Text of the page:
On the rare occasions when you managed to convince me to go out, we would savour food from exotic places with exotic smells of exotic spices before retreating to a beer place for some warmth and random conversations about everything we could think about. We would leave when it was late, and most of the times it had grown colder outside; and I would flinched as the chill hit my face when you opened the door.

When a girl told a guy that it-was-cold, she was simply asking to be hugged.

And you would give me a hug and rubbing my upper arms for a bit of extra heat as we ran to the bicycle, laughing and looking forward to the promises of warmth: that we needed only to brace ourselves against this cold for a little longer and home would welcome us in just a little while.

***

My initial memory of your place was the bookshelf.

I sinned from judging people based on the books they read, and as you prepared some drinks for me that afternoon, I stood in front of your bookshelf and browsed the titles lining up there only to find out that I had also read most of the books you had.

When you showed me the terrace—overlooking the artsy neighbourhood—I noticed a string of Tibetan prayer flags on the porch of one of your neighbours.

That evening we found ourselves enjoying a live Nepali classical music concert in a small cafe on a hipstery street. People had beers in their hands, nodding their heads to the beat of the tabla, and some were clapping their hands. Soon after, in the dark, we danced to the last song being played with a bunch of friendly Nepalis who had lived in your city for quite some time. We were all just a bunch of shadows moving in unison: people from faraway places with stories of romance and heartbreaks altogether. As the music wafted in the air, around us, the boundaries between friends and strangers disappear.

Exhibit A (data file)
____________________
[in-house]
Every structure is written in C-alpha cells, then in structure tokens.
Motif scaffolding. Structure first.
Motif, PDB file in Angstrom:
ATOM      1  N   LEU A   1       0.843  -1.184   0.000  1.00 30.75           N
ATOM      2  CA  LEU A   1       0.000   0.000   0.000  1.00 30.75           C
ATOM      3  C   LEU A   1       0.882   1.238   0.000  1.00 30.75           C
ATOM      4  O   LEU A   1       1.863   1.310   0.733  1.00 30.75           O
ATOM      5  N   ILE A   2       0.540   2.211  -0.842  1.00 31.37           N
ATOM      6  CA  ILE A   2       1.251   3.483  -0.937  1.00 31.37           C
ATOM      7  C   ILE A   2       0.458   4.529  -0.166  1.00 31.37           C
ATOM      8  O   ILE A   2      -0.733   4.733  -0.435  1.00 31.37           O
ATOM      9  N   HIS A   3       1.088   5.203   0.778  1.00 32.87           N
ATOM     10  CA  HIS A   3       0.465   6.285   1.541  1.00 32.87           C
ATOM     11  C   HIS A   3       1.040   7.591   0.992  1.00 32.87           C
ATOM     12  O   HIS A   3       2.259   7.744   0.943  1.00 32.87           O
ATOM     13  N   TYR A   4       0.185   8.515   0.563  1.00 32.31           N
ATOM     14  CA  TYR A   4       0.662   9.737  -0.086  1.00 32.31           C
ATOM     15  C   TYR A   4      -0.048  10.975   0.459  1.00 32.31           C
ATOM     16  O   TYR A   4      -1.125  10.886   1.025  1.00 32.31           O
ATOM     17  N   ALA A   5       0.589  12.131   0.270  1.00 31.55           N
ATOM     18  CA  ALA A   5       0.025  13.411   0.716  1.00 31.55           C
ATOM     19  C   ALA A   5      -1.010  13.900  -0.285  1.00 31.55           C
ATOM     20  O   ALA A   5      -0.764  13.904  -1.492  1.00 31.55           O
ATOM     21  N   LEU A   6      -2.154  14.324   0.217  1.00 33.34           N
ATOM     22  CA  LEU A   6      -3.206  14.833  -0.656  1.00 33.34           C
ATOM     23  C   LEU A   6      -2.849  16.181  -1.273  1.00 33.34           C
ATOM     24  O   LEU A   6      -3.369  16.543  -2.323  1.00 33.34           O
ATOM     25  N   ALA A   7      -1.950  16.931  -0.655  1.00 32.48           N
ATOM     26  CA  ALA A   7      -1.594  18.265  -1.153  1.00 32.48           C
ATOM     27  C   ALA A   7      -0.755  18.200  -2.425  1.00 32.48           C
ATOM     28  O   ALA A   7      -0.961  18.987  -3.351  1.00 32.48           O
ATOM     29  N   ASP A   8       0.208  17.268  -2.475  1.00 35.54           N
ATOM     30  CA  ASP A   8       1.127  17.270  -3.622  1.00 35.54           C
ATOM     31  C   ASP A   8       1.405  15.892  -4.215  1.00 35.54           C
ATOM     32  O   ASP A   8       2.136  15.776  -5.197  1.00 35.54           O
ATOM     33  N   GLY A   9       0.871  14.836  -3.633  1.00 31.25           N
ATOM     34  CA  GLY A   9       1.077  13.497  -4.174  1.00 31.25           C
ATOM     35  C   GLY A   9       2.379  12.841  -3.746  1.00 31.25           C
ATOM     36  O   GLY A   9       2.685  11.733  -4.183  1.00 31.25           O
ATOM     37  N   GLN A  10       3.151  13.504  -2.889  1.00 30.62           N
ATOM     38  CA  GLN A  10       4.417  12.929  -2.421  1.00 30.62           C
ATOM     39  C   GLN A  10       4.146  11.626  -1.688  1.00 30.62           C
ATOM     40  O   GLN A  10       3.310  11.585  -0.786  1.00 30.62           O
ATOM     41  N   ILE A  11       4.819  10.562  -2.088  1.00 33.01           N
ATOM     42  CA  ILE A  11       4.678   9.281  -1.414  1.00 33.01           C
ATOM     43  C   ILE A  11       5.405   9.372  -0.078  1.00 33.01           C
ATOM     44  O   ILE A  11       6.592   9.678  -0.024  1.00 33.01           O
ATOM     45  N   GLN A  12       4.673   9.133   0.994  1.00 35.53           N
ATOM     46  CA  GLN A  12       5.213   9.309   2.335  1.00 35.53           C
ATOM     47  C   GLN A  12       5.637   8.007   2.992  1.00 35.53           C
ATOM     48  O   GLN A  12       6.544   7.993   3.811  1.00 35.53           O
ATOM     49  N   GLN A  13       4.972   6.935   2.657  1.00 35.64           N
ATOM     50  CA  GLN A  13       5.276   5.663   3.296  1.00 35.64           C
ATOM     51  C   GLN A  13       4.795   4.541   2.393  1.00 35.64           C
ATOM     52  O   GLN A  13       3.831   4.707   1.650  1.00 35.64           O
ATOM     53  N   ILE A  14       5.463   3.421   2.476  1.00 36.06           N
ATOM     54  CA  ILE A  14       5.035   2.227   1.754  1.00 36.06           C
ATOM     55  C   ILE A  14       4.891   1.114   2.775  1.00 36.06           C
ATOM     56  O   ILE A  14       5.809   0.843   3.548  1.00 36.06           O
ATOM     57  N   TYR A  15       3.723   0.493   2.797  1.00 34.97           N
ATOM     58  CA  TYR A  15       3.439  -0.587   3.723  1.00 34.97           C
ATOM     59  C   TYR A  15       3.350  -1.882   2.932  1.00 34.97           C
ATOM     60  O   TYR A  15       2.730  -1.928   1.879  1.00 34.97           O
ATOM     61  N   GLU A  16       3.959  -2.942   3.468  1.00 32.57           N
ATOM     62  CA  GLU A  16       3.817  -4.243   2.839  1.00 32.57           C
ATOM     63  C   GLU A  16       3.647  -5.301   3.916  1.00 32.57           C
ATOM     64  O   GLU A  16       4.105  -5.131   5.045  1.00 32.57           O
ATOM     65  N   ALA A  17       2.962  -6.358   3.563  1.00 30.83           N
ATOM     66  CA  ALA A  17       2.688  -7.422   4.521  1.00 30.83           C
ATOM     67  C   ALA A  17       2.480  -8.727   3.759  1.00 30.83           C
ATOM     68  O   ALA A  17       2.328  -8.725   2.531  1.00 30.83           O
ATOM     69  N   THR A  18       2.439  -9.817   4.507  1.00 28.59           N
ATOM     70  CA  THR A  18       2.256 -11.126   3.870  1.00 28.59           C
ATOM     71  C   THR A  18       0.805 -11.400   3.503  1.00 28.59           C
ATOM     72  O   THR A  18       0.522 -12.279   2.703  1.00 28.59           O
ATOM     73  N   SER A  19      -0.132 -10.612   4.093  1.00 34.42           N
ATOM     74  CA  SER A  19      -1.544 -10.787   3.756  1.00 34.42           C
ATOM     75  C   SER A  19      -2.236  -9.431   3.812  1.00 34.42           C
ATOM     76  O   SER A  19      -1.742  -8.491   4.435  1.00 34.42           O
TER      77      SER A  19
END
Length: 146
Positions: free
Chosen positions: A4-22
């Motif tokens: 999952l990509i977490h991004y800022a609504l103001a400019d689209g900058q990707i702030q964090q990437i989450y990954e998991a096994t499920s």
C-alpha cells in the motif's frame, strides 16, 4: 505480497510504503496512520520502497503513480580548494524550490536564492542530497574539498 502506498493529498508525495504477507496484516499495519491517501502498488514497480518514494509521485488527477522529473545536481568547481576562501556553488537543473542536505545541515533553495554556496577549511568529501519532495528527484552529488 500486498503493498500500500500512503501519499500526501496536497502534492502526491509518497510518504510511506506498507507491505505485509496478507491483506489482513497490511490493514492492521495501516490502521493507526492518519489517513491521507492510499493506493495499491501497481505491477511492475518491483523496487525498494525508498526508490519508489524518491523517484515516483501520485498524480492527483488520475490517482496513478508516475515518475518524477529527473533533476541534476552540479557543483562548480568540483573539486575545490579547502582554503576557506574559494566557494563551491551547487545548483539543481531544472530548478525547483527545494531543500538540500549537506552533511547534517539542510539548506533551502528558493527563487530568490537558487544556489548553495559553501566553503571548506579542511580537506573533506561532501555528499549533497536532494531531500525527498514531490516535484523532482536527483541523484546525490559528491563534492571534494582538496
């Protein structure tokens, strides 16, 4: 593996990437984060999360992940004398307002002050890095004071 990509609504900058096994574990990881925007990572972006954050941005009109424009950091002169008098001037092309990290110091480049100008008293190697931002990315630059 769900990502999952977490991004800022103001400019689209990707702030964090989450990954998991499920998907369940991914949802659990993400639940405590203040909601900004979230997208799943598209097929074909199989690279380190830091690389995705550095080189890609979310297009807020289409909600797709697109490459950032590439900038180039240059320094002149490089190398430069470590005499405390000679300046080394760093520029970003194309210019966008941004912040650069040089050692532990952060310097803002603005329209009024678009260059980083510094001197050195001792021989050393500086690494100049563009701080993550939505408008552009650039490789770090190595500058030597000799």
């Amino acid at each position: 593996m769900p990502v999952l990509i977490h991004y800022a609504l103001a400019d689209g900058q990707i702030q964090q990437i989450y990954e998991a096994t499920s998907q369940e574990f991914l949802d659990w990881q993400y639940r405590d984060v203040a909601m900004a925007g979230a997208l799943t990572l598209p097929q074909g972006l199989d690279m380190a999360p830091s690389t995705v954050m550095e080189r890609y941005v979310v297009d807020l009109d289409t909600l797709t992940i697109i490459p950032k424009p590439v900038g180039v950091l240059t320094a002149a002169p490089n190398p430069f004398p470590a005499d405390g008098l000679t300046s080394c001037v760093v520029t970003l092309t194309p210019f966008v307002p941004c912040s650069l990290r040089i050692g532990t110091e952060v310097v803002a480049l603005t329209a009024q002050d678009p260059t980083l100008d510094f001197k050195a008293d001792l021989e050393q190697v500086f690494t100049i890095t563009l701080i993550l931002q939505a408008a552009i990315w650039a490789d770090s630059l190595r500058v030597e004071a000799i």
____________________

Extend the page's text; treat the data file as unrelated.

We jumped and clapped and swayed. And laughed—not because there was something particularly funny, but because we were simply happy. Probably that was the best kind of laughter after all.

***

There were things I didn’t tell you after we parted in front of the supermarket at the end of that cold summer, when we said goodbye as abruptly as we kissed the previous days:

About how I had prepared myself to forget—not because I wanted to, but because sometimes forgetting is better than remembering; the way sometimes the anticipation of disappointment is a much safer option than the anticipation of hope.

About how I dragged my suitcase across the park to be at the other side of the city, and it was raining, and cold, and I was clutching to my phone for directions—but the screen got wet every five seconds or so, after a while I gave it up and pocketed it, couldn’t care less about finding the shortest route to get to where I should be.

About how the park was full of life despite the weather and about how when I got too tired of circling around with my blue suitcase, I sat on a park bench—the raindrops were falling over the hood of my parka jacket—and cupped my hands on my cheeks; both felt oddly cold.

About how I just sat there and for quite a while I thought I could smell the wet soil, the lake, the leaves, the grass, and the grey clouds above. And about how the thought of a warm bed, a cup of Chocomel, and Chinese takeout finally got me going.

***

Distance was a funny thing. We might have thought about it silently as we had our banana smoothie in the morning or our rooibos tea in the evening—though we didn’t really want to go further into it.

I have always believed that distance is not measured in length. It is measured in faith.